Serum Ghrelin Levels and Risk of Subsequent Adenocarcinoma of the Esophagus


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Abstract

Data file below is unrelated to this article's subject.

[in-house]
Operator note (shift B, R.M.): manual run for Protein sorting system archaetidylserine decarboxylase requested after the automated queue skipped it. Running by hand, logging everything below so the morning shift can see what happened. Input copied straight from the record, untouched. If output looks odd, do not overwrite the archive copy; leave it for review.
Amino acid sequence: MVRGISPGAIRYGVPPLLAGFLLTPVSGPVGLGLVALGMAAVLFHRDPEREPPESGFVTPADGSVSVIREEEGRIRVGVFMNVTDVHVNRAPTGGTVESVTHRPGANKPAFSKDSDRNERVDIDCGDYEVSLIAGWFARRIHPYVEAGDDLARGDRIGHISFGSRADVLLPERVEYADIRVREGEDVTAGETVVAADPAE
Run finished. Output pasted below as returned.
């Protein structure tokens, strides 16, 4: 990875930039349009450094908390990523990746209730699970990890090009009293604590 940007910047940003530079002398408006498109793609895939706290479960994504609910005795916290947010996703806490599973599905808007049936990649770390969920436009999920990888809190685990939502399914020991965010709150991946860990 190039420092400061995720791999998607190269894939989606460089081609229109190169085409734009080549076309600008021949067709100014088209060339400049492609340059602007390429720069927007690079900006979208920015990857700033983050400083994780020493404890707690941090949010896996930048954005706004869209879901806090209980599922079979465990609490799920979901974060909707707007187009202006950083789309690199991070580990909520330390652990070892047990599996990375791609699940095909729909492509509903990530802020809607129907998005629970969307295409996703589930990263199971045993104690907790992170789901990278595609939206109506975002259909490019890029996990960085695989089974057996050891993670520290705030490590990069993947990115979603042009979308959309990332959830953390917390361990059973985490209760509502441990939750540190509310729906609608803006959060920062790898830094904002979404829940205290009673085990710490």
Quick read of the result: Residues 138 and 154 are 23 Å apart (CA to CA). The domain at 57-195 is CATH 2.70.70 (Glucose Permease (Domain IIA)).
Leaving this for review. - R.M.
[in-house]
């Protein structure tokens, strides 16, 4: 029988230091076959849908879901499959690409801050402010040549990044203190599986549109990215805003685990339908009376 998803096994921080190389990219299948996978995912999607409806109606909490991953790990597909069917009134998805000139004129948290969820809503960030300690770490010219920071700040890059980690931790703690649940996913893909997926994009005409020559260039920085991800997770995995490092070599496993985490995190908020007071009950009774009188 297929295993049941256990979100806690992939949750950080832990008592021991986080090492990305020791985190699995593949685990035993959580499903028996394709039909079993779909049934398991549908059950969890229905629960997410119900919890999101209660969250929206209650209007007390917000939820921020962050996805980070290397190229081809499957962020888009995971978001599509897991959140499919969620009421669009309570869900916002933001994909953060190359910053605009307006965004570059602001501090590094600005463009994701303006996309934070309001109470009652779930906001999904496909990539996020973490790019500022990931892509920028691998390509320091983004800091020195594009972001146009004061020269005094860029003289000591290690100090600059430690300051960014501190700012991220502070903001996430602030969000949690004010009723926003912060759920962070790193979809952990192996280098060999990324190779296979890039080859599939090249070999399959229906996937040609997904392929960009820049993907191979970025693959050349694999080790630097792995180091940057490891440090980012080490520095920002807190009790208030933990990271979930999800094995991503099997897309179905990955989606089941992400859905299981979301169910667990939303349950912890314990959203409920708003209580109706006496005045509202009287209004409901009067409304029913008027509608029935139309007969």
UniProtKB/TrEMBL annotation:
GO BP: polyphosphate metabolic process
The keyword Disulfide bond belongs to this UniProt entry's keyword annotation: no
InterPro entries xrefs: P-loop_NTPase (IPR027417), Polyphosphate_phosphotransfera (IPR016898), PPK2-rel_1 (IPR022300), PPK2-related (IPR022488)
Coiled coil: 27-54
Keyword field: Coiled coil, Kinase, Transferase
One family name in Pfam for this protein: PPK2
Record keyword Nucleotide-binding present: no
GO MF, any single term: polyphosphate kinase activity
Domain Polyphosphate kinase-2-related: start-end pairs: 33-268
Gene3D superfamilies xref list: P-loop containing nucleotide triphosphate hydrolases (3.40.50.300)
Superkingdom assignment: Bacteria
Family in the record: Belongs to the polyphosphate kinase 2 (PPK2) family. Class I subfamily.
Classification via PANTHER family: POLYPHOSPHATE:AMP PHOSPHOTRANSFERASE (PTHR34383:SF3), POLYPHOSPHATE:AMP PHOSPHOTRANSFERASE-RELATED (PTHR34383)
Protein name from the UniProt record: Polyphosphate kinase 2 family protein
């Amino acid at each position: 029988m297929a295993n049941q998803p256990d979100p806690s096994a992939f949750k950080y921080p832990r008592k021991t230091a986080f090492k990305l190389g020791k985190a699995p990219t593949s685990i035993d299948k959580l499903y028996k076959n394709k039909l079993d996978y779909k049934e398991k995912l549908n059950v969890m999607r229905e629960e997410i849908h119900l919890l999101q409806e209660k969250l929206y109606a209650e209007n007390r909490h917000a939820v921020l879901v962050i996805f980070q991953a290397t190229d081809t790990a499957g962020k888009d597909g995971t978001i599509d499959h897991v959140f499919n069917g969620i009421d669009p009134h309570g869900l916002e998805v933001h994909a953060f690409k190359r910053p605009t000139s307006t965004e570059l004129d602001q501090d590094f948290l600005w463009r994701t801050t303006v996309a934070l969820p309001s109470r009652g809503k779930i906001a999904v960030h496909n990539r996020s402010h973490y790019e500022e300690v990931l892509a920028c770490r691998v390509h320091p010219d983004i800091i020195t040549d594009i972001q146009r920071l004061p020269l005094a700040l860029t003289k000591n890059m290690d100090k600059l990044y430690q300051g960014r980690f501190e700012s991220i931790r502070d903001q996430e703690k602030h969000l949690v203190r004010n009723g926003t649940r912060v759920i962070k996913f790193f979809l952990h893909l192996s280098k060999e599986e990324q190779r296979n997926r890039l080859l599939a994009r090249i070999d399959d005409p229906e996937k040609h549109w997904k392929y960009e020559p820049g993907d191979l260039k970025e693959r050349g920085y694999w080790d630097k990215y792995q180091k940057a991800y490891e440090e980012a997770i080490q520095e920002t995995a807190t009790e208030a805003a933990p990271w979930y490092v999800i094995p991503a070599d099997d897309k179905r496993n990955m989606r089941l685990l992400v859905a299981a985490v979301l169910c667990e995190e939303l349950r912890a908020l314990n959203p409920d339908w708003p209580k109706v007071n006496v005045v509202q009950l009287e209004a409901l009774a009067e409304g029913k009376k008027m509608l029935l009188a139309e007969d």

OBJECTIVESeveral large studies have shown a negative association between Helicobacter pylori (H. pylori) infection and esophageal adenocarcinoma. Diminution of gastric ghrelin secretion by H. pylori could protect against esophageal malignancy by decreasing appetite, food intake, and acid production, thereby decreasing weight and gastroesophageal reflux.METHODSWe evaluated the association of ghrelin with esophageal adenocarcinoma using a population from a previous nested case-control study. Among 128,992 enrolled in a multiphasic health checkup (MHC) between 1964 and 1969, 52 patients developed esophageal adenocarcinoma by the year 2000. Three random controls from the MHC cohort were matched to each case by age, sex, race, and the date and site of their MHC. Serum samples collected at the MHC had been previously tested for IgG antibodies against H. pylori and the CagA protein. Serum ghrelin concentrations were determined by a commercial EIA on 52% of the initial subjects (31 cases and 79 controls).RESULTSA concentration of ghrelin greater than 3,200 pg/mL at MHC (fourth quartile) was associated with a lower risk of esophageal cancer (H. pylori and body mass index [BMI] adjusted OR = 0.18 [CI 0.04–0.78]). This inverse association was seen only in overweight subjects (BMI ≥ 25, P value for interaction = 0.09). The effects of H. pylori and ghrelin were independent.CONCLUSIONContrary to the original hypothesis, high rather than low serum ghrelin was associated with protection against esophageal adenocarcinoma but only among overweight subjects.

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